Whatever Happened to Baby Jane, Robert Aldrich’s morbidly fascinating Hollywood gothic starring Bette Davis and Joan Crawford, had its premiere in October of 1962. William Castle, the director of Homicidal and sundry other shockers, took a close look at Baby Jane’s box office and two years later, with Crawford in tow, produced his own morbidly fascinating gothic, Strait Jacket.
A natural born huckster in the manner of P.T. Barnum, Castle had no promotional gimmick tied to Strait Jacket; he rode this movie into the theaters on the wide shoulders of Crawford’s dimmed star and the lurid violence of screenwriter Robert Bloch’s soap opera slasher: the notion of Joan Crawford as an axe-wielding Angel of Death kept the turnstiles spinning.
Make no mistake, as terrible as Strait Jacket is, it’s compulsive viewing. Joan Crawford plays a woman just released from a long sojurn in an insane asylum, twenty years have passed since she dispatched her unfaithful husband and his girlfriend with an axe. The fragile Crawford returns to the comfort of her friends and family but love is not in the air: the axe murders begin again and Crawford suffers a paroxysm of self-doubt.
The grey-haired, dowdy Crawford is genuinely touching in her initial scenes: her illness tamed by decades of shock therapy but her spirit crushed in the process. Castle is, however, quickly bored by this sensitive approach and soon Crawford is gussied up in a jet-black wig and the red-hot mama wardrobe of her randy youth, her hips working double overtime to a feverish jazz version of “There Goes That Song Again”.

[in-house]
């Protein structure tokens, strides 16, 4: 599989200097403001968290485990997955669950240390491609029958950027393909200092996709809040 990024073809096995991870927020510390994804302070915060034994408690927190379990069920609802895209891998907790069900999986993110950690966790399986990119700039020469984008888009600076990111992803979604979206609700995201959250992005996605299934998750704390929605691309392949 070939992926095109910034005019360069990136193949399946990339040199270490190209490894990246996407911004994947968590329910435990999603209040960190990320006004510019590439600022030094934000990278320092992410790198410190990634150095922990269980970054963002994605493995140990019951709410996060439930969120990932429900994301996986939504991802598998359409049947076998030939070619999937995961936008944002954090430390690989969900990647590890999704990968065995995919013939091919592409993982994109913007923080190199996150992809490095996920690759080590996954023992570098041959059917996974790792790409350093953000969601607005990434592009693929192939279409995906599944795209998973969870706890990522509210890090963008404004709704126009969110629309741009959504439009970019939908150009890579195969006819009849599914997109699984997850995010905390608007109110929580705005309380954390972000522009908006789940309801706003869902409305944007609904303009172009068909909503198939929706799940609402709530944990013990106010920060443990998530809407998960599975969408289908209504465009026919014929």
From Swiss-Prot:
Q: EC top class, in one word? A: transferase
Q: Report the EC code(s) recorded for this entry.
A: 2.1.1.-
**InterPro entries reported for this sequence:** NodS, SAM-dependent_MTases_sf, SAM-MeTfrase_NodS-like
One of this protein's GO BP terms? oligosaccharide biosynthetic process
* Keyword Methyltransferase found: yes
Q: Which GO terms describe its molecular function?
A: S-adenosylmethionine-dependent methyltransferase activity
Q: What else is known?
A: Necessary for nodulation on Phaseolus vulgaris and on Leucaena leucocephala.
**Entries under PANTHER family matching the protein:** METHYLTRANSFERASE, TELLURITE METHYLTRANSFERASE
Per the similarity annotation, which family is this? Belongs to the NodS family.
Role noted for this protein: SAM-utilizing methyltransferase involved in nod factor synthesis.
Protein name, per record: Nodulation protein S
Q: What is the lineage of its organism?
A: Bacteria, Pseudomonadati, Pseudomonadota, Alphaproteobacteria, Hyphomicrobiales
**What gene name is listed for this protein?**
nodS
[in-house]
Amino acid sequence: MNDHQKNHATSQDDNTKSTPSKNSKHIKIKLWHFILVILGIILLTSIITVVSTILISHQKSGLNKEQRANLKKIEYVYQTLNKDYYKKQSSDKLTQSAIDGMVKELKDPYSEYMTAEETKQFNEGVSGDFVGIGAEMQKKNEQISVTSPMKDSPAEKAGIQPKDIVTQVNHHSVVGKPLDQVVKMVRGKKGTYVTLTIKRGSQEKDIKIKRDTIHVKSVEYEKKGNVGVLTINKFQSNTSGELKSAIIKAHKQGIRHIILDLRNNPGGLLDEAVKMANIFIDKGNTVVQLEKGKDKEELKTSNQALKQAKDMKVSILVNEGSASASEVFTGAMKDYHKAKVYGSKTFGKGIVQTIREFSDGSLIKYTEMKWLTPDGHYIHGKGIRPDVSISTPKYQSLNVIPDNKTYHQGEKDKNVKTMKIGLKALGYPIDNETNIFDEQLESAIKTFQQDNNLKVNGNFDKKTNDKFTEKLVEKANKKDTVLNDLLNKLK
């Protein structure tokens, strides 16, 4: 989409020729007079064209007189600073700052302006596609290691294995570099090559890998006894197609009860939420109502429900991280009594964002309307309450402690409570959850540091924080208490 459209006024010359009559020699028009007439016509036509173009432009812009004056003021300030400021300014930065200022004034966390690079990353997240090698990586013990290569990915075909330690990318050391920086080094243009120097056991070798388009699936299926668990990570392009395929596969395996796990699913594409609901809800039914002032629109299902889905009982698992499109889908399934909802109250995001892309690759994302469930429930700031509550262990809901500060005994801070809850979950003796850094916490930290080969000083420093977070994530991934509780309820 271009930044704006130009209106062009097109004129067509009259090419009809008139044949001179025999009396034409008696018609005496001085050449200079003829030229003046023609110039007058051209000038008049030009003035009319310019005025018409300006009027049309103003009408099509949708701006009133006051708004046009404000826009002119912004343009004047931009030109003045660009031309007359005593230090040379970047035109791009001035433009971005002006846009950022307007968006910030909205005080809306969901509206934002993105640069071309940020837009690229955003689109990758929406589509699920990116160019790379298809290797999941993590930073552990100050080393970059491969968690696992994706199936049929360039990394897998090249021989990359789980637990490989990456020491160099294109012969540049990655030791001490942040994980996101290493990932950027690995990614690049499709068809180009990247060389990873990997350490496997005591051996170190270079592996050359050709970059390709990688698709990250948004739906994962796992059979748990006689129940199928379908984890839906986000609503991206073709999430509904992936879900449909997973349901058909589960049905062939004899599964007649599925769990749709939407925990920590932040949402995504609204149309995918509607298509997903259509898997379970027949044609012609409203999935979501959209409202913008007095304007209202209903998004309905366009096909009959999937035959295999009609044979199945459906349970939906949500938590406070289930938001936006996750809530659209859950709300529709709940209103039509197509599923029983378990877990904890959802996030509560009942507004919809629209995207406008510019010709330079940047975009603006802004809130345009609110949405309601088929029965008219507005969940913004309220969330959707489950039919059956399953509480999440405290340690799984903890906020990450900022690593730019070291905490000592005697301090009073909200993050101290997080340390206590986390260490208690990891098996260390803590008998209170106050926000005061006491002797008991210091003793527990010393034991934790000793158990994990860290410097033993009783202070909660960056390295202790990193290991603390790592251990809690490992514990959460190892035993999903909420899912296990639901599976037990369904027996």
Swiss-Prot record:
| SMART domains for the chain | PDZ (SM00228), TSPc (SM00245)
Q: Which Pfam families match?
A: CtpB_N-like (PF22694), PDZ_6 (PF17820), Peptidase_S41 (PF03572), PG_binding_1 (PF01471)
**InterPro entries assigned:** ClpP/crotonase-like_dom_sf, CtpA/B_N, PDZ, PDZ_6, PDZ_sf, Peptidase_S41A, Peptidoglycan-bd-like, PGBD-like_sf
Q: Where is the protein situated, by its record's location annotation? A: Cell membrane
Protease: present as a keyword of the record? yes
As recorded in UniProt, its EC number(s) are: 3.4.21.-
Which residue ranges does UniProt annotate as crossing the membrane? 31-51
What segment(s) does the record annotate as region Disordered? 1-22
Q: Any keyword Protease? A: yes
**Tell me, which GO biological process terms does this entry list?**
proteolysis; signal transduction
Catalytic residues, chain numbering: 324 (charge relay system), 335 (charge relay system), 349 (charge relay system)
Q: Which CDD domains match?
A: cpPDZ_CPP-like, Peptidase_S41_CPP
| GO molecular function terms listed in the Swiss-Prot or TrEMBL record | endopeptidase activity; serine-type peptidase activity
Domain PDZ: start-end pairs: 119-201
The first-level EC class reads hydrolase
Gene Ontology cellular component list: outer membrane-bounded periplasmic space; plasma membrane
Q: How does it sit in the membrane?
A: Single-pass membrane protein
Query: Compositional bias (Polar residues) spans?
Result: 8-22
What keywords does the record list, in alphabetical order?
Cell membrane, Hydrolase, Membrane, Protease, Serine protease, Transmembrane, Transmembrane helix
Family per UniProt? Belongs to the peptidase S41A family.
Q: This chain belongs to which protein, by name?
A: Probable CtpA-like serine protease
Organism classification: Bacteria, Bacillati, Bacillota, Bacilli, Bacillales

All signs point to Crawford as the knife-happy killer (she just can’t fight the compulsion to turn the family photos into paper dolls and she’s pointedly hyp-mo-tized by the dinner roast being carved). But give Castle his due; the mystery remains mysterious till the very end and the movie is never boring… not while Joan Crawford as Judge, Jury and Righteous Executioner presides over a very strict courtroom: Off with their heads!